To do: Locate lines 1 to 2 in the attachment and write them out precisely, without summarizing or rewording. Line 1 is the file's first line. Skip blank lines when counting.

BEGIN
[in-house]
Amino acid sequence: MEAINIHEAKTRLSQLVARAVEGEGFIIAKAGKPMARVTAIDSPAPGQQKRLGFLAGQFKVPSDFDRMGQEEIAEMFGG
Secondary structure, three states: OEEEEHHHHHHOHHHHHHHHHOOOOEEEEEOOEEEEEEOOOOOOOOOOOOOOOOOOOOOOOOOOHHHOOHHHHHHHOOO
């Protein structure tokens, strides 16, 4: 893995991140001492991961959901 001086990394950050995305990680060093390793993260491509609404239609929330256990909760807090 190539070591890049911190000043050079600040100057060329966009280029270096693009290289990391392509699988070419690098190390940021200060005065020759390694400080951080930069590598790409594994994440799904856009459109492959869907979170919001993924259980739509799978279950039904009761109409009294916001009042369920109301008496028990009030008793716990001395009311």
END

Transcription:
[in-house]
Amino acid sequence: MEAINIHEAKTRLSQLVARAVEGEGFIIAKAGKPMARVTAIDSPAPGQQKRLGFLAGQFKVPSDFDRMGQEEIAEMFGG